Asa and Trump 

Asa and Trump

Asa Hutchinson called Donald Trump's remarks about the judge overseeing the case against his phony university as "antithetical" to what America stands for. However, that won't stop Hutchinson from supporting Trump as the GOP's nominee for president. In recent comments regarding his support of Trump, Gov. Hutchinson said, "Yes, I will support the nominee of the Republican Party because the Republican Party is the best framework to improve our economy, protect our freedoms and assure a strong defense."

Improve our economy? Really? Has the governor noticed what Republican policies have done to our economy over the past 30 or so years? All the GOP has in terms of economic policy is "Reaganomics." That's it! And we see where that approach has led us. As far as protecting our freedoms, the only freedom we see the GOP trying to protect these days is the freedom of some to legally discriminate against others. Asa also thinks the GOP is better at maintaining a strong defense. Well, we spend more than every other country combined on our national defense, and have been doing so for decades. However, our list of enemies and their potential for doing us harm seems to be increasing. Also, I thought Republicans were against simply "throwing money" at a problem. Go figure.

Sorry, Asa, your stated reasons for sticking with Trump don't hold water. At least be honest about your real reasons for supporting him.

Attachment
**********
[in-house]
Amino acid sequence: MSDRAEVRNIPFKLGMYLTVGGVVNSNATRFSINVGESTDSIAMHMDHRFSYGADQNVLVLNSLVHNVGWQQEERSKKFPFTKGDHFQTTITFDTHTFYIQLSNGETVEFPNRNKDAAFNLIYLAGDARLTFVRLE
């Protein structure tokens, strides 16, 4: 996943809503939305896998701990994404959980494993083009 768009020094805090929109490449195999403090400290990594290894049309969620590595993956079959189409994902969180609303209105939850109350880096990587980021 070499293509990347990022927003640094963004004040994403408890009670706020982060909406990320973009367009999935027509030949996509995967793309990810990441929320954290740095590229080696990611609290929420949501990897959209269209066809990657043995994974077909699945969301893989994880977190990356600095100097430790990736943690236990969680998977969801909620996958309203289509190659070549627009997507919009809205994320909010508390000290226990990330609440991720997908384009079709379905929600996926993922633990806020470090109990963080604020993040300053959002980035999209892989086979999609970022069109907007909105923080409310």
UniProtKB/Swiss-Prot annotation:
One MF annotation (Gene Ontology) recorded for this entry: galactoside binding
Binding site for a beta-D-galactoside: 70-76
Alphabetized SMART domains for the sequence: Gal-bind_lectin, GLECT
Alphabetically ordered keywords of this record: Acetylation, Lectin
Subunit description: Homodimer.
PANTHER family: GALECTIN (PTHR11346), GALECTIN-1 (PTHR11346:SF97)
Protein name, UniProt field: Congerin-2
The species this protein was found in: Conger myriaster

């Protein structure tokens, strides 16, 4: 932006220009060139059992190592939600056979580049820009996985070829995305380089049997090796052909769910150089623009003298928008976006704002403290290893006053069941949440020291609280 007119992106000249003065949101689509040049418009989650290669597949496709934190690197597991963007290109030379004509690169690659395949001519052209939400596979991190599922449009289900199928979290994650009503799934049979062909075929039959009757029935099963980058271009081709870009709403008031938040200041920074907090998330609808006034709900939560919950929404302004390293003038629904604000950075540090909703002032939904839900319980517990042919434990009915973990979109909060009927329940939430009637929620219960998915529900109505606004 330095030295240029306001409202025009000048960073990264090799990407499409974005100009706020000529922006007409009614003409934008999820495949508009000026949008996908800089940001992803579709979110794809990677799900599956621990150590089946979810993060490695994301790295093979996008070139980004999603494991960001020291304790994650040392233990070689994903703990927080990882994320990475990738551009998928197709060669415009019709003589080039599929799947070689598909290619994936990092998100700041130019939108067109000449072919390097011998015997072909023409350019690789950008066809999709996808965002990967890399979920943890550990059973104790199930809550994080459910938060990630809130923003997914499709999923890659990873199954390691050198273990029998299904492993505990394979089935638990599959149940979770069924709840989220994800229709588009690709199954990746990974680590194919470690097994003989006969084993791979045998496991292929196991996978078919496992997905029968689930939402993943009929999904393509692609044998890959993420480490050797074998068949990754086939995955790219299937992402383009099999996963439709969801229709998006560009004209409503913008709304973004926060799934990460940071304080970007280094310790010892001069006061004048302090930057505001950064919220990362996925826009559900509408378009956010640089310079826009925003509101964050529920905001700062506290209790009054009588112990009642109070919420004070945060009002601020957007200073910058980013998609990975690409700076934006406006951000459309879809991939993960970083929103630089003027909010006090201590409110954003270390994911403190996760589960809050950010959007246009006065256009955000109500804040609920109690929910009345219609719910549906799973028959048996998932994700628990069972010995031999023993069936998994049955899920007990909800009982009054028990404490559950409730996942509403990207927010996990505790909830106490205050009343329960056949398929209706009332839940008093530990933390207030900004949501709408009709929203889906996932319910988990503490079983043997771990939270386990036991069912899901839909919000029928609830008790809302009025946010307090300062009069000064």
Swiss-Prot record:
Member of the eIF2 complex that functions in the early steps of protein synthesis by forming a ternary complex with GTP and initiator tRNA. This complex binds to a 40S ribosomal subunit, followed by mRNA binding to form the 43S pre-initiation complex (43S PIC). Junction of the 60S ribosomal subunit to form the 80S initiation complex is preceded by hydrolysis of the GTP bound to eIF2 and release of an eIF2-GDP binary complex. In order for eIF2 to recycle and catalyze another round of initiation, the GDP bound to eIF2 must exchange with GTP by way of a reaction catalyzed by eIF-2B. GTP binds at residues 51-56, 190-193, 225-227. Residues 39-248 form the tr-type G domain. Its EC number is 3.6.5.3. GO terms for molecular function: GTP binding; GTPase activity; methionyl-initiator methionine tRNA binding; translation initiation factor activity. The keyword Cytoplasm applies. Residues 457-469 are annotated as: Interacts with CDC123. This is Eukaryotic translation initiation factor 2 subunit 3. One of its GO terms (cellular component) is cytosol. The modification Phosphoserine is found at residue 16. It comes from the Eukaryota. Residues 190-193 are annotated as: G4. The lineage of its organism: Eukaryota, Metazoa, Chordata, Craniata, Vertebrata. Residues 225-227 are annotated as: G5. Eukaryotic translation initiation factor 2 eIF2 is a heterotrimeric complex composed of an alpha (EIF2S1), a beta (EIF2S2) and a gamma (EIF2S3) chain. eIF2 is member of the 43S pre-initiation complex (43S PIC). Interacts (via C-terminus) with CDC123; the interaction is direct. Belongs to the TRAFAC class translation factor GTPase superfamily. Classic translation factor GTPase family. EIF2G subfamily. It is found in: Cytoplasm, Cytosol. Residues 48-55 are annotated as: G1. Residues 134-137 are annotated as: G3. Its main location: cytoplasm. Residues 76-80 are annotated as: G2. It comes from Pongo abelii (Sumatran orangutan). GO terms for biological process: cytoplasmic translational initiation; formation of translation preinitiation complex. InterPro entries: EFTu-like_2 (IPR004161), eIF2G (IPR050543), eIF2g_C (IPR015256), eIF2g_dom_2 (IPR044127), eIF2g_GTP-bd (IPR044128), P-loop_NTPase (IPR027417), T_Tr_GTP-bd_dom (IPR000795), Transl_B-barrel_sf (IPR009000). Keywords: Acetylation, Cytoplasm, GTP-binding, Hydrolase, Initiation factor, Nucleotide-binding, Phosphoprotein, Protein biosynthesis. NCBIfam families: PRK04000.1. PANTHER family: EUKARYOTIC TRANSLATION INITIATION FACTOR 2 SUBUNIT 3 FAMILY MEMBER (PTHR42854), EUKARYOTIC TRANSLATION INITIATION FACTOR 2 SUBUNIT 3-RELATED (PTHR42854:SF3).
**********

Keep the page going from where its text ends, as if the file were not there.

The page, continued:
Rich Hutson


Sanders was for democracy

Last month, Gene Lyons feigned nonchalance about the election season, claiming he wasn't "angry enough to participate fully in the festivities." This month, he suddenly goes postal on Bernie Sanders, hurling invectives every which way: "Trotskyite," "damned fool," "children's crusade," "poisonous," "crackpot opinions," etc. He even throws in some sexual innuendo for good measure.

Yes, Mr. Lyons, you're engaging in McCarthyism. You're also completely ignoring the fact that the real centers of power in this country are corporate entities and moneyed special interests, not the government. They call the shots. We don't. That's what Sanders is trying to fix. It's not "Trotskyism" he's fighting for. It's democracy.

Both mainstream parties have become just one: the Business Party. And the stench of corporate corruption has overrun every lever of power in this country, including the electoral process.

And the voters smell it. They know something's really wrong with the system itself. That's why they seek someone willing to institute radical change like Donald Trump or Bernie Sanders. It's a last ditch attempt to initiate change from the top down.

Both parties have contributed to an economic decline that's seen wages for the working class stagnate for the last 30 years, while the uber-rich are enjoying a new gilded age. The military gets a $600 billion budget and half of all discretionary spending, while college students are strapped with a whopping trillion-dollar debt.

Crass partisanship is the real "children's crusade" because it only perpetuates this sad state of affairs. It plays right into the hands of the corporate state, which actively seeks a divided, polarized citizenry.

The Alcoholics Anonymous definition of "insanity" is doing the same thing over and over again, expecting different results. Such are our elections.